Bp. Francis Turner

Anthony Wood, Athenae Oxonienses (1690-91; 1721) ed. Bliss (1815) 4:545-46.

FRANCIS TURNER, son of Dr. Thomas Turner, sometime dean of Canterbury, by Margaret his wife, daughter of sir Fran. Winderbank principal secretary of state to king Charles I. alias the martyr, was born — educated in grammar learning in Wykeham's school near Winchester, elected prob. fellow of New coll. in 1655, took the degrees in arts, holy orders, became chapl. to James duke of York, residentiary of S. Paul's cathedral in London, doct. of div. in 1669, and master of S. John's coll. in Cambridge, on the resignation of Dr. Pet. Gunning, an. 1670; which headship he holding till Christmas 1679, he then resign'd it because of a faction in that coll. Whereupon he was succeeded therein by Humphrey Gower, D.D. and chaplain to Dr. Gunning before mention'd who was then bishop of Ely. On the 20th of July 1683 he was installed dean of Windsor, in the room of Dr. Jo. Durel deceased, and on the 11th of Novemb. following was consecrated in the archbishop's chapel at Lambeth to the see of Rochester (with Dr. Laur. Womack to that of S. David) upon the translation hence of Dr. Dolben to York; about which time being made almoner to his majesty had liberty to keep Windsor in commendam with that see. On the 16th of July 1684 he was translated to Ely, on the death of Dr. Gunning, and was confirmed therein in the church of S. Mary le Bow in London, on the 23d of Aug. following; about which time he was made president of the society of the sons of the clergy. On the 8th of June 1688 he was one of the six bishops, besides the archb. of Cant. that were committed prisoners to the Tower of London for contriving, making and publishing a seditious libel against his majesty (king James 2) and his government, that is, for subscribing a petition to his said majesty, wherein he and the rest of the said bishops shewed the great aversness that they found in themselves to the distributing and publishing in all their churches his majesty's late declaration for liberty of conscience, &c. where continuing till they were publicly tried for the same libel in Westminster hall, were, to the great joy of the true sons of the church of England, released thence on the 15th of the same month. The names of the other bishops that were imprisoned and tried (besides Dr. Sancroft archb. of Canterbury) were Dr. W. Lloyd bish. of S. Asaph, Dr. Jo. Lake bish. of Chichester, Dr. Tho. Ken bish. of Bath and Wells, Dr. Tho. White bish. of Peterborough, and Dr. Jonath. Trelauney bish. of Bristol. About Candlemas in 1690, Dr. Turner was depriv'd of his bishoprick of Ely for not taking the oaths of allegiance and supremacy to king William III. and queen Mary: whereupon Dr. Sim. Patrick was translated thereunto from Chichester. In Dec. 1691 there was a pretended discovery of a pretended plot of the Jacobites or nonjurors, whereupon some of them were imprison'd: and Dr. Turner being suspected to be in the said pretended plot, he withdrew and absconded. He is said to be the author of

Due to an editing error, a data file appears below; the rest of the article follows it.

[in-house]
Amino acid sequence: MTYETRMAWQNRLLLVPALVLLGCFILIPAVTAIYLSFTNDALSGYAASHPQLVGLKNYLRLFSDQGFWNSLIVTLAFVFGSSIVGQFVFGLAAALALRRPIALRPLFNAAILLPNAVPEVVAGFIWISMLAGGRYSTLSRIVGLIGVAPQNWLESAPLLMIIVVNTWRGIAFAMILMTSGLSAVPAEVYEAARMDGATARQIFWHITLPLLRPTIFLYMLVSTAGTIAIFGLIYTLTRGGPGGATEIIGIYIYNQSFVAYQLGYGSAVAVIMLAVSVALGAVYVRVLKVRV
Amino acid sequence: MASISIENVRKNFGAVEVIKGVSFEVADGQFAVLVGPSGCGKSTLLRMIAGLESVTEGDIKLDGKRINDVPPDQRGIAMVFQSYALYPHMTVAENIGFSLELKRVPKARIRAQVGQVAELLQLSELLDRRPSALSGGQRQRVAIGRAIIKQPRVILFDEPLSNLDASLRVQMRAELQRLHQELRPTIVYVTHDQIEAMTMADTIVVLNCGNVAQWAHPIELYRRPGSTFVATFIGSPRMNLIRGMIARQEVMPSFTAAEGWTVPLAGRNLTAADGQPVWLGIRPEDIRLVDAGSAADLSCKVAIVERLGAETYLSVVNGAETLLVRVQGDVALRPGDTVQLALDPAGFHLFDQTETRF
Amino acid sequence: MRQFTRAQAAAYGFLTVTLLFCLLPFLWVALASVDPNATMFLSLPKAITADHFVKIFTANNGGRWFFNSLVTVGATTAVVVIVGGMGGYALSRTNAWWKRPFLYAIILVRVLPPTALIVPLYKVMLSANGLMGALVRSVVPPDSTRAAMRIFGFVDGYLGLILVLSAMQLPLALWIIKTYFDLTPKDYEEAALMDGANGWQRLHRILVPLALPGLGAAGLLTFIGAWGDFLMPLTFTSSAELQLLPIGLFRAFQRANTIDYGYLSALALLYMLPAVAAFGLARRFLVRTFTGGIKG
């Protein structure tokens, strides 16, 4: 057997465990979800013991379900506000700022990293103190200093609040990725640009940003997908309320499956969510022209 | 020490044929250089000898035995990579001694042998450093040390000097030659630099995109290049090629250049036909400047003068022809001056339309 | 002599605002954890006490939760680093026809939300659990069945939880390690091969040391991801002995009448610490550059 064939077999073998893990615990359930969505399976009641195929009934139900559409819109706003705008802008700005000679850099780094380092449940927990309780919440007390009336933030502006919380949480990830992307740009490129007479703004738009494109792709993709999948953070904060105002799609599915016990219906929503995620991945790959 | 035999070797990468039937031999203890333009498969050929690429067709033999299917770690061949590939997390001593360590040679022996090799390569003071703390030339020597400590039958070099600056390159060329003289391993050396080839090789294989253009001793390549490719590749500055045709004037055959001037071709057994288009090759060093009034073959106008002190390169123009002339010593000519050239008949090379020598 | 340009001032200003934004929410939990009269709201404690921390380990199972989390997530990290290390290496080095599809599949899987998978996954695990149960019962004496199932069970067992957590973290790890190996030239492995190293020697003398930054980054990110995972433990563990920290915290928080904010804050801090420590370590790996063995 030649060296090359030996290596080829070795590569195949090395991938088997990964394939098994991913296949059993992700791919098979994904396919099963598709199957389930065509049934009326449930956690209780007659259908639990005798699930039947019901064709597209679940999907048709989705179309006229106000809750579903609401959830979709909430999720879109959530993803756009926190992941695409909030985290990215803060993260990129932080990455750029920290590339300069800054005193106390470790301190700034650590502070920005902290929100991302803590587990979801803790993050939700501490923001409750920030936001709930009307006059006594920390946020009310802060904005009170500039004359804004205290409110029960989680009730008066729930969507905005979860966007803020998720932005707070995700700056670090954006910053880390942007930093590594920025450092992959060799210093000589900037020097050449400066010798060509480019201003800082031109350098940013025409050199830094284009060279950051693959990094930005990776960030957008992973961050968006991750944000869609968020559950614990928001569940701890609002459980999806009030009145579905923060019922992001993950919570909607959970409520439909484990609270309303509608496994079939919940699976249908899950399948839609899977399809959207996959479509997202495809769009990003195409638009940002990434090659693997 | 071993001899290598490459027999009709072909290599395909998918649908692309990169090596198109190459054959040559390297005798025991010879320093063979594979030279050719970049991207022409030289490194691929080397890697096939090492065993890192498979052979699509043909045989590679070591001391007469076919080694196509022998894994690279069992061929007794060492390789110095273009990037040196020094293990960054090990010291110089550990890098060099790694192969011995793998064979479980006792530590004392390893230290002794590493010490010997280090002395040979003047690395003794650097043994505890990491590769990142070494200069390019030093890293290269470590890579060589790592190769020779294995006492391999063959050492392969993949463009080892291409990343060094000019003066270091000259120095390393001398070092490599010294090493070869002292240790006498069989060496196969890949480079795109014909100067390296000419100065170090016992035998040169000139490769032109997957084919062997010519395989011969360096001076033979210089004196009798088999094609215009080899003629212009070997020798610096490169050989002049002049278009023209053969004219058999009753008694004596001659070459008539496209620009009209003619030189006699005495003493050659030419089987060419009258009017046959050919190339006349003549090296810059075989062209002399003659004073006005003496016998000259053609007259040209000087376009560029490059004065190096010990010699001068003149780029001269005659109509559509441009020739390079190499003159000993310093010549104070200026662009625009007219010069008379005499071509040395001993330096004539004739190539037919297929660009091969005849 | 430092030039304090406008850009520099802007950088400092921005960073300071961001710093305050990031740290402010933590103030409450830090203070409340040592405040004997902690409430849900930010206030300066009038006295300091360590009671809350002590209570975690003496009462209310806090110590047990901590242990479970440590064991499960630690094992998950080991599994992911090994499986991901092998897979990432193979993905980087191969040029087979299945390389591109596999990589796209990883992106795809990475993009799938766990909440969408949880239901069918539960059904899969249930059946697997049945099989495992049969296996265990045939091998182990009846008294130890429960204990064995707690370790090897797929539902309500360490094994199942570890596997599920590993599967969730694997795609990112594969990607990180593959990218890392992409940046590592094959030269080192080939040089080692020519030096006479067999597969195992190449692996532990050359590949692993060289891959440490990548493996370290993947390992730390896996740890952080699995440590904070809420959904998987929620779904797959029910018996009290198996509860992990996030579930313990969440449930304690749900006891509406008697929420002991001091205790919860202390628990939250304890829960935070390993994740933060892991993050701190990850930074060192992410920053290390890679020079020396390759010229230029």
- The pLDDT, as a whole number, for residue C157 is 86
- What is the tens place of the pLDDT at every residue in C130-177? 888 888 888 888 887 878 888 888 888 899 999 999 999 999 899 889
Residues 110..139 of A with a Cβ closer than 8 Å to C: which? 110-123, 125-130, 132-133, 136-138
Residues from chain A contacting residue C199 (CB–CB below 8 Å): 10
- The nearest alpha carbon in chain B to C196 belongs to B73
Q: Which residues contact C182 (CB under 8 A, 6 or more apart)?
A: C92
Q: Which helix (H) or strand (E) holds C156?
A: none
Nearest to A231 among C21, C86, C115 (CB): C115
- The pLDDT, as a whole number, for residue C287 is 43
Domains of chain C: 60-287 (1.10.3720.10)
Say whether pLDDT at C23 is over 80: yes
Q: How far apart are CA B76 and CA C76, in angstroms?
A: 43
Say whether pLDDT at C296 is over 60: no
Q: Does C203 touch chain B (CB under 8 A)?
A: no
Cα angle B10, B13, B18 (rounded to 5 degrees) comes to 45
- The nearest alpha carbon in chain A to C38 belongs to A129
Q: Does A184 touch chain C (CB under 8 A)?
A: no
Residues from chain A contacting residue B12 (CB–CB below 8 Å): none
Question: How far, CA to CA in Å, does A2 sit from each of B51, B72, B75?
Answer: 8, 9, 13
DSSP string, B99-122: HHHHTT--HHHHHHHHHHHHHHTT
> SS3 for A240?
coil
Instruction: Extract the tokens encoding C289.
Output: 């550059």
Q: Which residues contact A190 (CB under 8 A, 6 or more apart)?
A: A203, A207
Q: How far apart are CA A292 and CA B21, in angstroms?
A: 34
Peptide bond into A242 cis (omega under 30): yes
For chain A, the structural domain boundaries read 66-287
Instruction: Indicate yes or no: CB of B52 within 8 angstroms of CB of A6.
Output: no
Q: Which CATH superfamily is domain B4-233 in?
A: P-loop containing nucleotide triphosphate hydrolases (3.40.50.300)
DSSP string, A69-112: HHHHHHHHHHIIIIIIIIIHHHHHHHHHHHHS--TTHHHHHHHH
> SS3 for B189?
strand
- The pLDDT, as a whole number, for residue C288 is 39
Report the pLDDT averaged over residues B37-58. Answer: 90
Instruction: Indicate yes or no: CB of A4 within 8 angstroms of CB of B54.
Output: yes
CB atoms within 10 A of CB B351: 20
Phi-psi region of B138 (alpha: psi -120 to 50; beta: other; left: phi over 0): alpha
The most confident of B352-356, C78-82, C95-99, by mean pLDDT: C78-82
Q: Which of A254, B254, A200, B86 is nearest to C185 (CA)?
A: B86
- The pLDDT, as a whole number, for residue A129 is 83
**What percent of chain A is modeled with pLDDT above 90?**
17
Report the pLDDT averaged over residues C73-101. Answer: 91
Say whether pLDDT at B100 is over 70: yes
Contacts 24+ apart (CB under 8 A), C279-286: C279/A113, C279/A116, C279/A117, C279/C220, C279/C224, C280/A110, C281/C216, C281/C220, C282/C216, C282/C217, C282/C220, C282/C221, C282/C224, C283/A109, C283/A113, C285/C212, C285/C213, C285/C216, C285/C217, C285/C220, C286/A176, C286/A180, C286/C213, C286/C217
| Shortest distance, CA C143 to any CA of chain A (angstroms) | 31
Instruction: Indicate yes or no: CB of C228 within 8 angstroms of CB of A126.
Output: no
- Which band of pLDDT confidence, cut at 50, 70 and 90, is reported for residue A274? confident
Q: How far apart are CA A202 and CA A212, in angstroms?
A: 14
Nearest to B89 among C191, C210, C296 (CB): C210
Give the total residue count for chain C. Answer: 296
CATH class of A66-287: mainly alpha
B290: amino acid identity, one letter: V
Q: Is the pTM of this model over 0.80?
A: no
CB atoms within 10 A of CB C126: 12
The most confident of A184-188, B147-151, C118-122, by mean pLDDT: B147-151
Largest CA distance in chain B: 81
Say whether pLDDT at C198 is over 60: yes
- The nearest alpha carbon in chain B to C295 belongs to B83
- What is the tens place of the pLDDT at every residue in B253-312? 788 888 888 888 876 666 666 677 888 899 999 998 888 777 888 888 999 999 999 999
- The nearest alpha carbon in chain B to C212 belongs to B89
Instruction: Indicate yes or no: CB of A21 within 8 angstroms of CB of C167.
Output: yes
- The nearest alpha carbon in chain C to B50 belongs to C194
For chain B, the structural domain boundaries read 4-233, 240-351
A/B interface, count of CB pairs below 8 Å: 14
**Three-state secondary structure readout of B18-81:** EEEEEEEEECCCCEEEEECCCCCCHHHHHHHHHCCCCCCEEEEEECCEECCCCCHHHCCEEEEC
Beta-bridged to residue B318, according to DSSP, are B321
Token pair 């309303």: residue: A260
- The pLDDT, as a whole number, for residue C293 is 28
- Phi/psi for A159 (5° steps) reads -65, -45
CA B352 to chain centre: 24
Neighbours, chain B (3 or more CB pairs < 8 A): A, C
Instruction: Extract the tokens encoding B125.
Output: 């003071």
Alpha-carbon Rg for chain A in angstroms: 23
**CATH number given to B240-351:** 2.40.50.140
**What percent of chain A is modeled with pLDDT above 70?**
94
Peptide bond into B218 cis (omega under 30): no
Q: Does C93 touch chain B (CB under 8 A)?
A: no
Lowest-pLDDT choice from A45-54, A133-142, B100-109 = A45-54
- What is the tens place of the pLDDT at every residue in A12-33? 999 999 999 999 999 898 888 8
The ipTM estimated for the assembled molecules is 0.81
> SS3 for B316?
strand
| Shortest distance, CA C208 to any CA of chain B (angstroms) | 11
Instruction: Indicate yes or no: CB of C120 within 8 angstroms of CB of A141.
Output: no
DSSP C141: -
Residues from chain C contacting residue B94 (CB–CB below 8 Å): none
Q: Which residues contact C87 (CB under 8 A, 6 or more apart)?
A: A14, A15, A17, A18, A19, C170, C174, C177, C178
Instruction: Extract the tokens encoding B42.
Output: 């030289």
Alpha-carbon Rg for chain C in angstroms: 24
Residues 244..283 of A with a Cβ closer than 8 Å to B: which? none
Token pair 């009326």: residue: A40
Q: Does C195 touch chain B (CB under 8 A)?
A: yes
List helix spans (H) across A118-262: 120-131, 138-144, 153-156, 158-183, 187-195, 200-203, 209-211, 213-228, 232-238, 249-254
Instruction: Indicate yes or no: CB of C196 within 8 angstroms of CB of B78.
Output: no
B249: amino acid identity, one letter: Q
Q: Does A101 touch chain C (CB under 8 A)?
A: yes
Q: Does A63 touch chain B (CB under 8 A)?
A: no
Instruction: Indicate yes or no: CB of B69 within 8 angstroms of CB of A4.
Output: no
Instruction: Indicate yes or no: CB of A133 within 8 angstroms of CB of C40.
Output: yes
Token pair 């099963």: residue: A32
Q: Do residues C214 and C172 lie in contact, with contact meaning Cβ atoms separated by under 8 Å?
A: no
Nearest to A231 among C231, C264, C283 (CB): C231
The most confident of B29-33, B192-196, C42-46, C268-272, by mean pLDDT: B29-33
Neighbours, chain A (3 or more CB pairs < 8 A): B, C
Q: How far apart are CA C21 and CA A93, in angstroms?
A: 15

Animadversions on a Pamphlet entit. The naked Truth: or, the State of the primitive Church. Lond. 1676 qu. which was printed twice in that year. Dr. Turner's name is not set to the said Animadversions, neither is the author's name to that of the Naked Truth. So that our author being then altogether ignorant, saith thus of him, that wrote Naked Truth in the beginning of his Animad. — "I suspected its author for some youngster, that had been dabling among the Socinian writers, and was ambitious of shewing his half talent in the way — I was quickly delivered from this jealousy by his orthodox contradictory expressions in other places — But I find he is one of the men of the second rate (as I take leave to stile him) that hardly ever saw the second consequence," &c. Soon after came out Andr. Rivet junior, alias Andr. Marvell, with a book entit. Mr. Smirk: or, the Divine in mode, being certain Annotations upon Animadversions on Naked Truth, &c. London. 1676. qu. Which name of Smirk he gave Dr. Turner, because in his conception he was a neat, starch'd and formal divine. [List of publications omitted.]